It was better than it could have been and worse that it should have been. Does that make sense? I got in about 6 or 7 long runs between 2 hr and 4 hrs (16 – 24 miles). What I practiced more this summer was the idea of constant movement on hilly courses. I ran trails it Italy in early July and did my best to kill myself on some Irish mountains after that. My aerobic base is fine and I can now comfortably run at HR135 which is very low by my standards. I think my endurance could be better but with most off-road ultras you live in the moment so endurance isn’t as big a concern.
Race Strategy –
Start slow and stay slow. If I run this as slow as the Highland fling I’ll finish in about 8 hours. I did it last year in 7:14 but it’s longer this year. My general maxim is that the first half should feel easy. So, if I can reach Catrine and feel good I’ll be happy to suck up the pain after that.
My sore ankle now means my achilles is sore and my knee is sore and my pelvis is tightening at the back. When I get out of bed in the morning you can hear me before you see me – all cracking joints. They all loosen up after a few miles so they’re not life treatheneing. All can be managed with ignorance and neurofen on the day. The muscles are all grand.
I think I put on a few pounds after the Highland Fling (lots of people telling me I was looking better) but I think I’ve lost a bit of it over the last 6 – 8 weeks. It shouldn’t make a difference either way.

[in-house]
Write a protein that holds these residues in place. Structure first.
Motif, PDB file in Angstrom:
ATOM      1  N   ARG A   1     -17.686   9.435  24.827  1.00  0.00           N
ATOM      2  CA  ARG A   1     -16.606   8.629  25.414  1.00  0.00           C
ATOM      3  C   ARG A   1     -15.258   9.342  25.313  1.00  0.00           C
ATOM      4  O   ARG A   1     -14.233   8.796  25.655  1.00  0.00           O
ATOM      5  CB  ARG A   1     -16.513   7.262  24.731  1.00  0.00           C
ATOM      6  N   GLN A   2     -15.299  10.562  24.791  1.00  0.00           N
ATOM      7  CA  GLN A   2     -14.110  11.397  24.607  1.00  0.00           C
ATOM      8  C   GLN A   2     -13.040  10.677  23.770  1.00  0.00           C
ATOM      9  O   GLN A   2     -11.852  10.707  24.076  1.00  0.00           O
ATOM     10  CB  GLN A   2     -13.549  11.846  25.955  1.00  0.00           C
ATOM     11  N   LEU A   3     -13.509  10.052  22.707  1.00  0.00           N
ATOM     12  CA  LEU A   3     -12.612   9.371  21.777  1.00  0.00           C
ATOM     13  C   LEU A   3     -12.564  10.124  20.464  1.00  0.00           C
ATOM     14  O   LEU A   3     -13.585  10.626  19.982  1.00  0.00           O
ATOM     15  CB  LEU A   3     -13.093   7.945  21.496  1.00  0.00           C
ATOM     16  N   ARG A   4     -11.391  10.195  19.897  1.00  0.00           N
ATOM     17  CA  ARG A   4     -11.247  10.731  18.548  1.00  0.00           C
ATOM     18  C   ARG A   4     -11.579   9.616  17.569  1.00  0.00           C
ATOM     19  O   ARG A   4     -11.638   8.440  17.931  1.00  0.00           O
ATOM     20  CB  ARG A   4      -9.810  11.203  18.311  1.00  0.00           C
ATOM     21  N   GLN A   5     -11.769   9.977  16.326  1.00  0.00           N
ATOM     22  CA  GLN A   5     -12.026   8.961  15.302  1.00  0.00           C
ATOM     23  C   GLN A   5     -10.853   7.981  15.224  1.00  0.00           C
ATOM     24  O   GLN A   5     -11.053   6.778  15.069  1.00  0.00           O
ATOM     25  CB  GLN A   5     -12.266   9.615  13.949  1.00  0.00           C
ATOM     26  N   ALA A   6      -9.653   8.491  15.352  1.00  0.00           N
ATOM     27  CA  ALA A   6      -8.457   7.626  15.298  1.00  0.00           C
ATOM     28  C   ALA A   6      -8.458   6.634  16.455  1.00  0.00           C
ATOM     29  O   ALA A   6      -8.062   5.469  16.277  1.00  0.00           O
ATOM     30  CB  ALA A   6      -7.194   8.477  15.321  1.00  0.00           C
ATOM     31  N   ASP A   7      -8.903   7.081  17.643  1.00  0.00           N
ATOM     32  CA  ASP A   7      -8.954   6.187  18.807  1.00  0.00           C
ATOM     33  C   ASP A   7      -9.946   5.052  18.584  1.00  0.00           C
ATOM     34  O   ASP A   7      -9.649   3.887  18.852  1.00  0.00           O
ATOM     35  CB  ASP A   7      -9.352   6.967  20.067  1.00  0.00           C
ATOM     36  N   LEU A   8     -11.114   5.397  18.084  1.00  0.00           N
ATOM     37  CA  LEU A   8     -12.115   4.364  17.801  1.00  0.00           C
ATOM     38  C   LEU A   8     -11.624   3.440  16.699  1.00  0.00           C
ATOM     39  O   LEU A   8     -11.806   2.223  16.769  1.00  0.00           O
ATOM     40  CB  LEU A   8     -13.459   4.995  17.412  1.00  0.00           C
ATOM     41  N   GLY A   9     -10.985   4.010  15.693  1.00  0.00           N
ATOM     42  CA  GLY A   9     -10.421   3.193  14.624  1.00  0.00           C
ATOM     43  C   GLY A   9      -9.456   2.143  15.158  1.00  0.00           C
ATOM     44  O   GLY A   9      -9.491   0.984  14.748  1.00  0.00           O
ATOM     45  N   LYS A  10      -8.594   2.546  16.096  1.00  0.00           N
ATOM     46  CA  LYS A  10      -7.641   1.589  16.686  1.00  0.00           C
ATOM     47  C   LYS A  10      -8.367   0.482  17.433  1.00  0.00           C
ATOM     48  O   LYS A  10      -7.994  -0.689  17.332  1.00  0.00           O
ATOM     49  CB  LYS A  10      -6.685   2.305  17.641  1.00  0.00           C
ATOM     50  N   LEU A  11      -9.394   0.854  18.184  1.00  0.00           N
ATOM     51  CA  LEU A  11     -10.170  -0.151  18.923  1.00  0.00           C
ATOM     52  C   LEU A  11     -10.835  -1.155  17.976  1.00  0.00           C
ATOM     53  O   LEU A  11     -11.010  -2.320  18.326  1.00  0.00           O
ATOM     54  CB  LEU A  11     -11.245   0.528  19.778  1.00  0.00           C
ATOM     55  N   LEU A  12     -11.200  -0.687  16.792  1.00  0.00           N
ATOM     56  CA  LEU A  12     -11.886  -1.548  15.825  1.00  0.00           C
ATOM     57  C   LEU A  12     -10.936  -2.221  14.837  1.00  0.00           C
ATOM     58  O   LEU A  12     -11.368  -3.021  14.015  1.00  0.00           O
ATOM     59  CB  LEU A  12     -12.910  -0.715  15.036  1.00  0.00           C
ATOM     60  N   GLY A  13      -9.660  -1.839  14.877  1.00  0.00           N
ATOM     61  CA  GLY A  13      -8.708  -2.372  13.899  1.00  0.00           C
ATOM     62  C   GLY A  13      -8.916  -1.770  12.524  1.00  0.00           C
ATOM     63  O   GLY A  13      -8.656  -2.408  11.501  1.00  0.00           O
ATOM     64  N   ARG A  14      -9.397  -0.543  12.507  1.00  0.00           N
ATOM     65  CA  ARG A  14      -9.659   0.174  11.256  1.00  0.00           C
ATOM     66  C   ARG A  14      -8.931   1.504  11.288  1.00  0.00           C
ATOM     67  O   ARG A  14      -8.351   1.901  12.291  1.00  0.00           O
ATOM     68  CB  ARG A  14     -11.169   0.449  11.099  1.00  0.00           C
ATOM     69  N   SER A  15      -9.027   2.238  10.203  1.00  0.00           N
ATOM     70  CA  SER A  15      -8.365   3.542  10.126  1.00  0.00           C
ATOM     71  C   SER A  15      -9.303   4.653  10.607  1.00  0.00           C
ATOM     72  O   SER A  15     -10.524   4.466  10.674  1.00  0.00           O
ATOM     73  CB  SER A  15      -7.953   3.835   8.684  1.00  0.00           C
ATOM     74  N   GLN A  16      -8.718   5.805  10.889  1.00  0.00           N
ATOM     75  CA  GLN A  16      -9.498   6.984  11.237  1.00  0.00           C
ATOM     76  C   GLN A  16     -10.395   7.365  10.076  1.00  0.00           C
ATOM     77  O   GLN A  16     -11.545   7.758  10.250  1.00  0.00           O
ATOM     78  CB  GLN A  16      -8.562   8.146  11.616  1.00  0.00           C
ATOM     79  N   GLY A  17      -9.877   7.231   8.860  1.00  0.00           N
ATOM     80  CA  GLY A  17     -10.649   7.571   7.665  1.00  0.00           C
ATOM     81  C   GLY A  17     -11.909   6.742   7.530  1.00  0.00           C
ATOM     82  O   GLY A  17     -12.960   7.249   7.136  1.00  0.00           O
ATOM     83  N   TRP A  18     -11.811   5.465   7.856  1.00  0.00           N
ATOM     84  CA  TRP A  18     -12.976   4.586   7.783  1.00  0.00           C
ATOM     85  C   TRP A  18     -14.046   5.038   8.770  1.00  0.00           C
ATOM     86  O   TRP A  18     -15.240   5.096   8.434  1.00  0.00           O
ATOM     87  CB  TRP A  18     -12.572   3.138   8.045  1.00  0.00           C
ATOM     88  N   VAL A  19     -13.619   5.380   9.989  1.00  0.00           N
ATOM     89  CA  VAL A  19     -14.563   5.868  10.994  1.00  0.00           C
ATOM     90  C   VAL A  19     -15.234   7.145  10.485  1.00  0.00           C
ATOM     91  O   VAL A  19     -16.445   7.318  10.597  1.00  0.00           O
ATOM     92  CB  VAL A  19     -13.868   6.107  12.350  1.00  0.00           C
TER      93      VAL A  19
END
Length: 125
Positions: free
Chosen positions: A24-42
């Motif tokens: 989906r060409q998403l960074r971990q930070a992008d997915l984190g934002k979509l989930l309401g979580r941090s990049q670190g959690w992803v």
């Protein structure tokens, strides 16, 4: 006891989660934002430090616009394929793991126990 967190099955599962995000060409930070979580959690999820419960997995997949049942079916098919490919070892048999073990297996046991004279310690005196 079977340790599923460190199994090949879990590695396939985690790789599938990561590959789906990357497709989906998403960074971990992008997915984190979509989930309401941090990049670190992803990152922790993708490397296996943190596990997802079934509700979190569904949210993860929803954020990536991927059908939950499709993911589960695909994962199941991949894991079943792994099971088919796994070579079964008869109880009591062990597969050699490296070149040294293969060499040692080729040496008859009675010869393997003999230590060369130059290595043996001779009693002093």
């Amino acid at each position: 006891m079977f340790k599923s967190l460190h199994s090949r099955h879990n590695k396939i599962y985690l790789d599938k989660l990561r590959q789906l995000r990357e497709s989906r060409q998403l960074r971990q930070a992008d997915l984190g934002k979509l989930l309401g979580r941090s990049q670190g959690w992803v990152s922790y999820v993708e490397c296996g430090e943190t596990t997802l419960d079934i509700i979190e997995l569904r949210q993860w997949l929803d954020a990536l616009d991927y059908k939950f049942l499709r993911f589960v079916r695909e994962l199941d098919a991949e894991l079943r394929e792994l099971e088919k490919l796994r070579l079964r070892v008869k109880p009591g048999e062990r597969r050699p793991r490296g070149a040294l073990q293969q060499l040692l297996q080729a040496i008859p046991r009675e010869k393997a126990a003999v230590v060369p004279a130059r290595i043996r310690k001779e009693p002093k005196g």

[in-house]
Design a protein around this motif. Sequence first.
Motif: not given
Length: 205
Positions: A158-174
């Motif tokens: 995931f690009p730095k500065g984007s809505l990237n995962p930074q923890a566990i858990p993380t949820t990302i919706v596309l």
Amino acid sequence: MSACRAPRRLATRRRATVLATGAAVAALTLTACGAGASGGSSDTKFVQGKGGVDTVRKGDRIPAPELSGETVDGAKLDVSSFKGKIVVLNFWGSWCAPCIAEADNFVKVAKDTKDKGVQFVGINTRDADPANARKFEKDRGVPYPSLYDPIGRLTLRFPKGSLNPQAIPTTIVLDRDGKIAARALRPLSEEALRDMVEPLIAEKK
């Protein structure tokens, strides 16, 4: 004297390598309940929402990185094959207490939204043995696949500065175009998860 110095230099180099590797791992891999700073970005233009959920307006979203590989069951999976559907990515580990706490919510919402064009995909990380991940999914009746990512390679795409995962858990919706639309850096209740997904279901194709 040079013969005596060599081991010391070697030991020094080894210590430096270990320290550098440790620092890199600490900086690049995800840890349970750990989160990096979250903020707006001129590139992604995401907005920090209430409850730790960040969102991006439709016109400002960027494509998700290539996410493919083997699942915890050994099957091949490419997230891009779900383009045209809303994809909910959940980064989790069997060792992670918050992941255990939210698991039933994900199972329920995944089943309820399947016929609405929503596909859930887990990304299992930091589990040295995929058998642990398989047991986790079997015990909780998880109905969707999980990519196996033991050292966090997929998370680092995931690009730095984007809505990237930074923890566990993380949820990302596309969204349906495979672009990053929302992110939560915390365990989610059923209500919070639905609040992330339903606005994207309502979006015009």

Shoes will be the latest pair of New Balance 1064s – the last of about 7 pairs I’ve got through. They have about 300 miles on them and they are well broken in. These have an off-the shelf orthotic in-sole in them. Something I picked up in the local chemist shop. None of the ones that cusion you – that’s what your shoes are for. No, this one just gives me a bit of ankle stability. I was going to wear the adidas kanadias but addidas have the smallest toe box in the know world. You’d need to have two toes on each foot taken off to fit into their shoes with comfort. They work fine for stuff up to 1 hour but after that it’s bye-bye toenails.
Socks – Sole twin skin ankle socks (must find a clean pair at home).
Shorts – a pair of Decatlon shorts with about 5 pockets in them – perfect for ultras except fro the fact that the French seem to like free-balling so you have to wear a pair of budgie smugglers with them.
Vest – I’ve stuck with the addidas dayglow yellow vest for the last few races but it seems to have ‘shrunk’ in the wash so I’ll be wearing a pearl izumi one (yellow as well).
Gay arm warmers – I’ll bring them.
Timing – Garmin 405 and a lidl €15.99 job. The Garmin will get you to mile 35 and then die. The lidl job will last all day.
Hydration (water) – the aqua pack – a dare2b cheapo job with some NUUN tablets to make it taste nicer. I’d better bring some physio tape as well as I get the feeling it may become the male equvalent of having an ill fitting bra on for the whole run.
No compression gear. It won’t make a blind bit of difference at the speed I’ll be going.